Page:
Readers Write (April 9): Sanford Health, pensions, income, mental health

  • Updated: April 8, 2013 - 7:02 PM
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HEALTH CARE MERGER

Private organizations can hide their mistakes

The writer of the April 8 Letter of the Day, comparing Sanford Health favorably to the University of Minnesota, asks: “Am I missing something?” Indeed he is, but he has company.

Sanford is a private organization, and although it must disclose some information, most of its operations can remain hidden from the public gaze. It can hide its mistakes. The U is a public entity, and although it can hide some of its information, most of its operations must be disclosed — so its mistakes are obvious to the public.

This comparison is true of most public and private entities. It results in the widespread but misleading belief that private companies are always better-managed and more efficient than government organizations.

Elizabeth J. Hinds, Morris, Minn.

• • •

Thousands of Minnesota’s military members (active or retired) access civilian medical facilities through Tricare, the health care program of the Department of Defense. However, some of the “most renowned institutions in Minnesota” are not among Tricare in-network providers. Not Fairview, not the University of Minnesota.

Tricare beneficiaries can choose to visit out-of-network providers, but in doing so expose themselves to significant fees. They also experience more complicated claims processing and billing procedures.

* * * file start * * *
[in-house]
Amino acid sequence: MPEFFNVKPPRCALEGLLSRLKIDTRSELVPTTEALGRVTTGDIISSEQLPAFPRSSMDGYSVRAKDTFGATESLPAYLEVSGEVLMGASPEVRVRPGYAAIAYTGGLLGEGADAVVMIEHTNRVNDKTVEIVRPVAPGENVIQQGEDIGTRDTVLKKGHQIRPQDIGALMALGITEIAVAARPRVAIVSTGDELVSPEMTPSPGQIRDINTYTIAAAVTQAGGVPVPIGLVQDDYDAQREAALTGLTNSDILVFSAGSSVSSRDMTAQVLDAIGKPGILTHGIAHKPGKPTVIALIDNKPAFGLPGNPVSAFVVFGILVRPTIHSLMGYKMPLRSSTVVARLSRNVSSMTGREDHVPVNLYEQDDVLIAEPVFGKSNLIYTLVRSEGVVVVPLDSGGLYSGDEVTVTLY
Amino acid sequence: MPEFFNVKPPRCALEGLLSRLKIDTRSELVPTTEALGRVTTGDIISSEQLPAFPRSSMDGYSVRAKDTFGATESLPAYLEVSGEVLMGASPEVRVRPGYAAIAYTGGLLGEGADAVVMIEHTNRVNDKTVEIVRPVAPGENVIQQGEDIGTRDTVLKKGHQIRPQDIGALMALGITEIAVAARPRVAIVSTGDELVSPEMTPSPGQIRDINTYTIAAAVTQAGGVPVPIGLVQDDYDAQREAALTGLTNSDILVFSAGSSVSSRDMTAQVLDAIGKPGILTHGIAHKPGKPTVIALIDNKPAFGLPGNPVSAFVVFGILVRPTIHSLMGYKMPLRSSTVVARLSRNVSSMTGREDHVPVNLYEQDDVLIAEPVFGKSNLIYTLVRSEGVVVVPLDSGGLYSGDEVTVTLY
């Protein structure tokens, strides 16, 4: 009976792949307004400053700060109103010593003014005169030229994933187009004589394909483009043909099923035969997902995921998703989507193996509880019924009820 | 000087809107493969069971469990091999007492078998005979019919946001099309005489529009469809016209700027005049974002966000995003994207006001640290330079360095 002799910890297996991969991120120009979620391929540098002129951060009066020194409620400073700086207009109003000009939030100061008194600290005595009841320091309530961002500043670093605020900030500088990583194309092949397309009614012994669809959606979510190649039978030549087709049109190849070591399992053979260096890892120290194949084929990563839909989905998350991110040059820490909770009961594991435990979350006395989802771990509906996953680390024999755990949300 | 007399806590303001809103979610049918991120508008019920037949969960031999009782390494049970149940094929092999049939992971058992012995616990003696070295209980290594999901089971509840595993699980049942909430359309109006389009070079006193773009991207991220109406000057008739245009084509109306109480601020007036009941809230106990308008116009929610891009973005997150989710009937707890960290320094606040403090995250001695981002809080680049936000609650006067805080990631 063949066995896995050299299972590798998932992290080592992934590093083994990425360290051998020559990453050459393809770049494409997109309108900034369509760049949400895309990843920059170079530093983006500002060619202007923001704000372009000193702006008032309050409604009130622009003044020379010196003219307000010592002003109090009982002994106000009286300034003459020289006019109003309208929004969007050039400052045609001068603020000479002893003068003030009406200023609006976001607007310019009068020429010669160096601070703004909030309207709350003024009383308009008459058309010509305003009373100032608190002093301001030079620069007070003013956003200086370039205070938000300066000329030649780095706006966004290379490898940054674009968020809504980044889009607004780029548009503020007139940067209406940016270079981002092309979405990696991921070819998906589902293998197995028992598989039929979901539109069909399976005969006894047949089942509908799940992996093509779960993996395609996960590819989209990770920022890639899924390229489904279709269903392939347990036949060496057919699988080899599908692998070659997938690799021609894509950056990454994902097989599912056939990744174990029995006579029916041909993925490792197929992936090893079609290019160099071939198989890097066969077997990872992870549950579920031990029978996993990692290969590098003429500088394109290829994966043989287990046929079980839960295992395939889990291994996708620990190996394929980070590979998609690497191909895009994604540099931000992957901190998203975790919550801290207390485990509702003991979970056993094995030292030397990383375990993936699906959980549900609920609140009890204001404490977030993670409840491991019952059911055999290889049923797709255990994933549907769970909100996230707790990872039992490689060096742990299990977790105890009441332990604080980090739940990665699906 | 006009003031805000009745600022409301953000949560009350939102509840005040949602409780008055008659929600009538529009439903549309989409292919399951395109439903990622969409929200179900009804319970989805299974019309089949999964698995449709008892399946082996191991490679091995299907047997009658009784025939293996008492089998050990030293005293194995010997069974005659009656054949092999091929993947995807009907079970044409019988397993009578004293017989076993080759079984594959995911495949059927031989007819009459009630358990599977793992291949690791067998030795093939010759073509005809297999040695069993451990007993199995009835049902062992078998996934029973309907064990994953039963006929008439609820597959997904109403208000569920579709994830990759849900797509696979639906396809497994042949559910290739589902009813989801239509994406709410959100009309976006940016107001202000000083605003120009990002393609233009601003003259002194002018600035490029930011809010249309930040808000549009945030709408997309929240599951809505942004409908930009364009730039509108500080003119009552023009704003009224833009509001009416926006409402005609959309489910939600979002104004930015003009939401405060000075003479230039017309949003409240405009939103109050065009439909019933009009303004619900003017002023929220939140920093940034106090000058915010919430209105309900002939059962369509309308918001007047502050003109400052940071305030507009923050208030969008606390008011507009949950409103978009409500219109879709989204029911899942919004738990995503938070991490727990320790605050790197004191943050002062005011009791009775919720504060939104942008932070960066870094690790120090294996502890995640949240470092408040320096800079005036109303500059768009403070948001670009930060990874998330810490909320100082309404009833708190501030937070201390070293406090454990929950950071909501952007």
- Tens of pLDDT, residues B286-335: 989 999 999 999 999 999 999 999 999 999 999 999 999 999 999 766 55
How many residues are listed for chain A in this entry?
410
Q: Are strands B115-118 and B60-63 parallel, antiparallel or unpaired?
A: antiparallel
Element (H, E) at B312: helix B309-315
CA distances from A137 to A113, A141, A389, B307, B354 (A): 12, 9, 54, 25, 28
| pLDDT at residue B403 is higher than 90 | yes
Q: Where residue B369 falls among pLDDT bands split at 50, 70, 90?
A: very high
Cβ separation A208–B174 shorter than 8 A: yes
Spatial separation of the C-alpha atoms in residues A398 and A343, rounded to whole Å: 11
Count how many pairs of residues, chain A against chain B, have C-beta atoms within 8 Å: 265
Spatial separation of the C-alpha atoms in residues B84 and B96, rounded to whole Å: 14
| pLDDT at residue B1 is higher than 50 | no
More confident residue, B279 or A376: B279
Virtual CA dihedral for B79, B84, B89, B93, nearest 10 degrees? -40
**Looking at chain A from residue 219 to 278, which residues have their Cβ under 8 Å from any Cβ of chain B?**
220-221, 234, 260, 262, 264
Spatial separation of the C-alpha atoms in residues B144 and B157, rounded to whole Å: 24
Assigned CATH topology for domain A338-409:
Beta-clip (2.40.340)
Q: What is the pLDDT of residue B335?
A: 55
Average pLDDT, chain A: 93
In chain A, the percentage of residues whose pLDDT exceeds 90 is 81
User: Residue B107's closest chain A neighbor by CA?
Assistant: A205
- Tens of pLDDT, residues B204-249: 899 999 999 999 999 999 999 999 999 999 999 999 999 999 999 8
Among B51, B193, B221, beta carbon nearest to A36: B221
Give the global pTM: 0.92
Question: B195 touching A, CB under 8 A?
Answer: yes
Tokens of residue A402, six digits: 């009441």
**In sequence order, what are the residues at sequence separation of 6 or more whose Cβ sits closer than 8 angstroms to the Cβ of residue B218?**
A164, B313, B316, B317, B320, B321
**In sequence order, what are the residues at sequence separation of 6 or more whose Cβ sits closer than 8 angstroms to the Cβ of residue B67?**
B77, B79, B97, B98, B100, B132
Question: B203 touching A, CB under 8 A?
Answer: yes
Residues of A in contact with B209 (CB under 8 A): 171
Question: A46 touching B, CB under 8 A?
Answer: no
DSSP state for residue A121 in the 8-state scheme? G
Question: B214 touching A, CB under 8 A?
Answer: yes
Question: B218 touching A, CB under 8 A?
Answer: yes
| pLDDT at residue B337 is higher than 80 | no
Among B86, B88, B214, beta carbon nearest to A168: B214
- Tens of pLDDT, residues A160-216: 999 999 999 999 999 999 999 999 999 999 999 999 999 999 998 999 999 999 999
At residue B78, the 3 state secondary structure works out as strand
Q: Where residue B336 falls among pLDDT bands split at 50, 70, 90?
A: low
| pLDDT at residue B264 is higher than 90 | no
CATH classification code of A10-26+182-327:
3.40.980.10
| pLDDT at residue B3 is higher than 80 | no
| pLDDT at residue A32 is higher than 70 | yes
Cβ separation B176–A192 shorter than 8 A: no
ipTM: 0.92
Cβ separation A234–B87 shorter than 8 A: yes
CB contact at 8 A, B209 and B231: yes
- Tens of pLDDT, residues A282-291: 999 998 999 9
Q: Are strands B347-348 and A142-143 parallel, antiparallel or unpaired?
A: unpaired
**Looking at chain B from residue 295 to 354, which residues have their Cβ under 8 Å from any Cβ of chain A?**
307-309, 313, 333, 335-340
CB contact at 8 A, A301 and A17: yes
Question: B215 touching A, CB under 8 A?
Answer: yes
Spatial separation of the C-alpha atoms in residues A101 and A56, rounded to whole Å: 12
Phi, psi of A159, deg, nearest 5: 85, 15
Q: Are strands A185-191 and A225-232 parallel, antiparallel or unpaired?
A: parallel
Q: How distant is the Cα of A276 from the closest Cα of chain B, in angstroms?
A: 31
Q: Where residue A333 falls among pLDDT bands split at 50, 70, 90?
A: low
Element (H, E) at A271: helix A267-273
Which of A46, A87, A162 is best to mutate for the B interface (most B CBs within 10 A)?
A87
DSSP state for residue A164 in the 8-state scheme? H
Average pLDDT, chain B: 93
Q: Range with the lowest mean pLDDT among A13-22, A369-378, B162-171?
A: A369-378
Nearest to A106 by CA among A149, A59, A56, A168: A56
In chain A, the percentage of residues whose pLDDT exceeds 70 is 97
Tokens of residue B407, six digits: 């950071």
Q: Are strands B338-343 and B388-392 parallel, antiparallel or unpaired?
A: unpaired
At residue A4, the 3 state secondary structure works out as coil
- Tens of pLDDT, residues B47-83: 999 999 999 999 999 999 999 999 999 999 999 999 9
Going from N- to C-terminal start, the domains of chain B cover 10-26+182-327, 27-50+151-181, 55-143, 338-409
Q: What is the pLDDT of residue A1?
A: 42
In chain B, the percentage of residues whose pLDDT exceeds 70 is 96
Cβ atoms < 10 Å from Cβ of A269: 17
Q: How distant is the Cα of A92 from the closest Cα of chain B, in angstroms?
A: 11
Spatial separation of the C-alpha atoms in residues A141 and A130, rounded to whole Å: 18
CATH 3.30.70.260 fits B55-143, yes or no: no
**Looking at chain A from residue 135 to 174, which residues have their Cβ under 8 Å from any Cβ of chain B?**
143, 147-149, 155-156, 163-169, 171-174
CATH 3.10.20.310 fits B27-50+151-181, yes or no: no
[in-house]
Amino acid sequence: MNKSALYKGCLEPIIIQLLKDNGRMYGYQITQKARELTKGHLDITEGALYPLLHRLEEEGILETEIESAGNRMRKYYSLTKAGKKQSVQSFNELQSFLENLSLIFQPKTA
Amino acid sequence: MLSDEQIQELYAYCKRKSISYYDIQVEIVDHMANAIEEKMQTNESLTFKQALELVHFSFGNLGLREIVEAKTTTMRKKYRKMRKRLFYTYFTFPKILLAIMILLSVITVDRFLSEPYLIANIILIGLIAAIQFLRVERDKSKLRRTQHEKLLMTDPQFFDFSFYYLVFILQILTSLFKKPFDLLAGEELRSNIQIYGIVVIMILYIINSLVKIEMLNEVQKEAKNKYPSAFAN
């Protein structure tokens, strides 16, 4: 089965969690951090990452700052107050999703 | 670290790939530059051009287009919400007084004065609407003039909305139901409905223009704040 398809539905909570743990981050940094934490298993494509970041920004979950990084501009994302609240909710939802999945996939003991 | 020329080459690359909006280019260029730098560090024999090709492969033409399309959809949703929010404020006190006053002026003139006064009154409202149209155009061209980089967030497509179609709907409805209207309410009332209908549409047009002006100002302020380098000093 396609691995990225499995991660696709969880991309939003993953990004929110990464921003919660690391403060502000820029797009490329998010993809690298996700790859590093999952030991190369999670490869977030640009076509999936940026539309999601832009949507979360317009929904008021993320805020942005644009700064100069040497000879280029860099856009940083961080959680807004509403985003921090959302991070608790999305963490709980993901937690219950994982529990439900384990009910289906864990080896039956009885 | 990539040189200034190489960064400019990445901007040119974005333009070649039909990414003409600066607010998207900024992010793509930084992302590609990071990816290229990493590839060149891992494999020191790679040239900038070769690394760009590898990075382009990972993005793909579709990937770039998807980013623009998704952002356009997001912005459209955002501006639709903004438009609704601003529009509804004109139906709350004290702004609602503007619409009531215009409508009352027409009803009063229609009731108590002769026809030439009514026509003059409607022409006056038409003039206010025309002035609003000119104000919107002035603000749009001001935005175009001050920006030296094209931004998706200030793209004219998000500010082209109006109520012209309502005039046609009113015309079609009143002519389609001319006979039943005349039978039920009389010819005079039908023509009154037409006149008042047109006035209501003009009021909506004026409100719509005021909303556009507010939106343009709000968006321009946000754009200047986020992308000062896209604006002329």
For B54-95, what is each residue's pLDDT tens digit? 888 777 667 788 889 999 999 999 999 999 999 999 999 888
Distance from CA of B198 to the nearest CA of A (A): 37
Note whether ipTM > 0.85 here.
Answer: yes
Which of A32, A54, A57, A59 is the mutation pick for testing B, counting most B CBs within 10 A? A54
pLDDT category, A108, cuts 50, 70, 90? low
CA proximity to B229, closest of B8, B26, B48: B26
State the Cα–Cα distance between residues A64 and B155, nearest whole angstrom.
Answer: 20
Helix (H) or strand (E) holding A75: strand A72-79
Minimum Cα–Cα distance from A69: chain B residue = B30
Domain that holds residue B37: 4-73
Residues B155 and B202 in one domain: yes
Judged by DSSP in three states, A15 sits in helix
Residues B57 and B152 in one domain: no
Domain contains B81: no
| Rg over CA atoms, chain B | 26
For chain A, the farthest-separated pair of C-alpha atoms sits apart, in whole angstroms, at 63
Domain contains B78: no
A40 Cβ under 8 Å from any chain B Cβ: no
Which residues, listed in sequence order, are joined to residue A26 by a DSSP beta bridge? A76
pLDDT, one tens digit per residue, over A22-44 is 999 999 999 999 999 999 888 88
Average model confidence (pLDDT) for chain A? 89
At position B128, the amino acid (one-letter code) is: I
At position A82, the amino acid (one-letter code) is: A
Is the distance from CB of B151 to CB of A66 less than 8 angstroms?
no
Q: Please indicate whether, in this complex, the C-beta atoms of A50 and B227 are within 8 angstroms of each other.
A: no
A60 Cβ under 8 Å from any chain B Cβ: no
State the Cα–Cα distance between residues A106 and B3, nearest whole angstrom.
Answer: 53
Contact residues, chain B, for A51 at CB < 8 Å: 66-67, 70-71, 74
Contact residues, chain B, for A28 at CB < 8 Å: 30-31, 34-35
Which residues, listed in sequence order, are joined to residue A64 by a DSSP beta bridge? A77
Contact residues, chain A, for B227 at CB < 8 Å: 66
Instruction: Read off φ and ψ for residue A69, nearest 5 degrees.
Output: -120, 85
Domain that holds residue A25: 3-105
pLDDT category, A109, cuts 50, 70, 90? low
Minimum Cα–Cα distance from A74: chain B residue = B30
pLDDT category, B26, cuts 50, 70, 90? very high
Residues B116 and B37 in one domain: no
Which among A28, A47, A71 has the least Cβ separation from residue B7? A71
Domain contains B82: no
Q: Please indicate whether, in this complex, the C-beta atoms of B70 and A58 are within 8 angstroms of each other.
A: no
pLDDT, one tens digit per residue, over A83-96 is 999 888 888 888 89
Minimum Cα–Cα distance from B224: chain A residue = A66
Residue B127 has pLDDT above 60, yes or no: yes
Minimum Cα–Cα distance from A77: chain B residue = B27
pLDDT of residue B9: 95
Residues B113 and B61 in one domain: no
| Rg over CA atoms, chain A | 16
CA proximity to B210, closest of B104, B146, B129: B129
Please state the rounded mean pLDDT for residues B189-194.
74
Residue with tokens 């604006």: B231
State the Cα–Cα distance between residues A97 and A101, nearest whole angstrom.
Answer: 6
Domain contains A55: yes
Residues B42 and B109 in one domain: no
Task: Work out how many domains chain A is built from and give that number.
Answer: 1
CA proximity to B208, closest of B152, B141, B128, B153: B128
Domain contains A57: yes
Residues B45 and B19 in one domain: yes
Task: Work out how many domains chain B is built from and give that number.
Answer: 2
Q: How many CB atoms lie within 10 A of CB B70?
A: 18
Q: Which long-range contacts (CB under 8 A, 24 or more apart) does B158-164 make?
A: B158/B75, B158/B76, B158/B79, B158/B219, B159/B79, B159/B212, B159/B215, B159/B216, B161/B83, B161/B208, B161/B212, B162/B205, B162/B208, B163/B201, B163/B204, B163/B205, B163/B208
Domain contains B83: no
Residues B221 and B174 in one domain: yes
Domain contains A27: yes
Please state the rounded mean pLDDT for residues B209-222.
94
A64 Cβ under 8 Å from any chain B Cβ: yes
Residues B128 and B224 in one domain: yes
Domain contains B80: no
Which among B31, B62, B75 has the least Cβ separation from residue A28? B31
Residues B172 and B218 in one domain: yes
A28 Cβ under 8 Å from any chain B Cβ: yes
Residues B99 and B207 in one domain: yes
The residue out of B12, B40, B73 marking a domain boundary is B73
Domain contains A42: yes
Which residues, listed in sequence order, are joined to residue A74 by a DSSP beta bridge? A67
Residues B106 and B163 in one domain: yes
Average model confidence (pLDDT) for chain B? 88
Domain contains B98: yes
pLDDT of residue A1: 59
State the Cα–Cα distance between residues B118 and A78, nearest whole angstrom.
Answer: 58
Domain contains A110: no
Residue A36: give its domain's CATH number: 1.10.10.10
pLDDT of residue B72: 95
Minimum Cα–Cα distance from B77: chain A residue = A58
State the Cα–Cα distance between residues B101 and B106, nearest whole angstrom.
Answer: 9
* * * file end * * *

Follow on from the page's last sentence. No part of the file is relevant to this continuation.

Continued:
Whether Fairview Health Services is acquired by the University of Minnesota, merges with Sanford Health or continues to operate as a standalone, not-for profit institution, I hope that its hospitals, clinics and affiliated providers will agree to become in-network providers of Tricare. I hope all of the “most renowned institutions in Minnesota” will.

Robert Keller, Edina

 

The writer is retired from the U.S. Air Force.

* * *

PENSION FUNDS

One way or another, burden is transferred

Well, I certainly feel much better after reading Don Leathers’ April 8 commentary “Minnesotans should be wary of public pension distrust.” Here I thought that the full $36 million proposed to support ailing pension funds would come out of taxes. Thankfully, I now know that only $13 million would come out of my left pocket (taxes), while the remaining $26 million, to support the police and firefighters, would come out of my right pocket (additional fees on homeowner and auto insurance).

Thanks for the clarification.

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